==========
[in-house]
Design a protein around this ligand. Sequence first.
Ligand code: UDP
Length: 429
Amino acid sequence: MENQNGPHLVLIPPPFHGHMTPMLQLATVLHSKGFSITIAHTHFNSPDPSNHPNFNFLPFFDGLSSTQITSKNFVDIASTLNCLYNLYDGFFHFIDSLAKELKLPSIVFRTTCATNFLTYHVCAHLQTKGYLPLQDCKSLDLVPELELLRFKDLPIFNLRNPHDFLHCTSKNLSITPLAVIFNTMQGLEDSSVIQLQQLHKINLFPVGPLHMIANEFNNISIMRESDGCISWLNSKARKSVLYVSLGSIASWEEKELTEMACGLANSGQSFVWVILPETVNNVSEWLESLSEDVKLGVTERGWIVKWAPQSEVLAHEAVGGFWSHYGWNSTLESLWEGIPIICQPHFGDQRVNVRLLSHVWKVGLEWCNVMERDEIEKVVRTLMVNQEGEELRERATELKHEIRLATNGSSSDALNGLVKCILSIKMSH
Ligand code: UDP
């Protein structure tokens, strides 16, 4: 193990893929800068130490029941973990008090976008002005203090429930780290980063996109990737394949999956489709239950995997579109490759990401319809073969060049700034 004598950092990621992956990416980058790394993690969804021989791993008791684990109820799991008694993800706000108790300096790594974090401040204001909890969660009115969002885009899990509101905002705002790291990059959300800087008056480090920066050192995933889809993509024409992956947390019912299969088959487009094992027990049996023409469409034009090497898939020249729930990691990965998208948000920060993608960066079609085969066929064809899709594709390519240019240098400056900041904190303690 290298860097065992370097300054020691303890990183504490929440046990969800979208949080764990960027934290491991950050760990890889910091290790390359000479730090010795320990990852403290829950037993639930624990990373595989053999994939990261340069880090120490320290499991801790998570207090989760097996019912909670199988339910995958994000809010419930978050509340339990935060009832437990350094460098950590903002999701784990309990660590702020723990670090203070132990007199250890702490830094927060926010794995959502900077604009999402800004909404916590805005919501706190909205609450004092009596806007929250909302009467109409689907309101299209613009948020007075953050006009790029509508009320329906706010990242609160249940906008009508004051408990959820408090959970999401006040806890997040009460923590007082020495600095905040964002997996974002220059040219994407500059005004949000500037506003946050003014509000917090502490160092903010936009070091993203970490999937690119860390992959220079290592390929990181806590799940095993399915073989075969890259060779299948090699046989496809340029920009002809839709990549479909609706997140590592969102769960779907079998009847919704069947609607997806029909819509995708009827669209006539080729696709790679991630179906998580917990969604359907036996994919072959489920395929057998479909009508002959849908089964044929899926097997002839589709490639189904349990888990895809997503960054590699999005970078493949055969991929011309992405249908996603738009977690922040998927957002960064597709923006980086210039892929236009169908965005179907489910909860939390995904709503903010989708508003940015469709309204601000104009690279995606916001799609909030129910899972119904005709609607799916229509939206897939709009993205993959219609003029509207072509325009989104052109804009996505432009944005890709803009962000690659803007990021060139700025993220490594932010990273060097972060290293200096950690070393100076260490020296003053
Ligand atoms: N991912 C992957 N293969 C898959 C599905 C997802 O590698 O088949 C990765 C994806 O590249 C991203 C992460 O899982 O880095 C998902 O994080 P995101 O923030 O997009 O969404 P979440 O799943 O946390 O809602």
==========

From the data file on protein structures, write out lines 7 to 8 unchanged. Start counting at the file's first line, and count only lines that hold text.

């Protein structure tokens, strides 16, 4: 193990893929800068130490029941973990008090976008002005203090429930780290980063996109990737394949999956489709239950995997579109490759990401319809073969060049700034 004598950092990621992956990416980058790394993690969804021989791993008791684990109820799991008694993800706000108790300096790594974090401040204001909890969660009115969002885009899990509101905002705002790291990059959300800087008056480090920066050192995933889809993509024409992956947390019912299969088959487009094992027990049996023409469409034009090497898939020249729930990691990965998208948000920060993608960066079609085969066929064809899709594709390519240019240098400056900041904190303690 290298860097065992370097300054020691303890990183504490929440046990969800979208949080764990960027934290491991950050760990890889910091290790390359000479730090010795320990990852403290829950037993639930624990990373595989053999994939990261340069880090120490320290499991801790998570207090989760097996019912909670199988339910995958994000809010419930978050509340339990935060009832437990350094460098950590903002999701784990309990660590702020723990670090203070132990007199250890702490830094927060926010794995959502900077604009999402800004909404916590805005919501706190909205609450004092009596806007929250909302009467109409689907309101299209613009948020007075953050006009790029509508009320329906706010990242609160249940906008009508004051408990959820408090959970999401006040806890997040009460923590007082020495600095905040964002997996974002220059040219994407500059005004949000500037506003946050003014509000917090502490160092903010936009070091993203970490999937690119860390992959220079290592390929990181806590799940095993399915073989075969890259060779299948090699046989496809340029920009002809839709990549479909609706997140590592969102769960779907079998009847919704069947609607997806029909819509995708009827669209006539080729696709790679991630179906998580917990969604359907036996994919072959489920395929057998479909009508002959849908089964044929899926097997002839589709490639189904349990888990895809997503960054590699999005970078493949055969991929011309992405249908996603738009977690922040998927957002960064597709923006980086210039892929236009169908965005179907489910909860939390995904709503903010989708508003940015469709309204601000104009690279995606916001799609909030129910899972119904005709609607799916229509939206897939709009993205993959219609003029509207072509325009989104052109804009996505432009944005890709803009962000690659803007990021060139700025993220490594932010990273060097972060290293200096950690070393100076260490020296003053
Ligand atoms: N991912 C992957 N293969 C898959 C599905 C997802 O590698 O088949 C990765 C994806 O590249 C991203 C992460 O899982 O880095 C998902 O994080 P995101 O923030 O997009 O969404 P979440 O799943 O946390 O809602």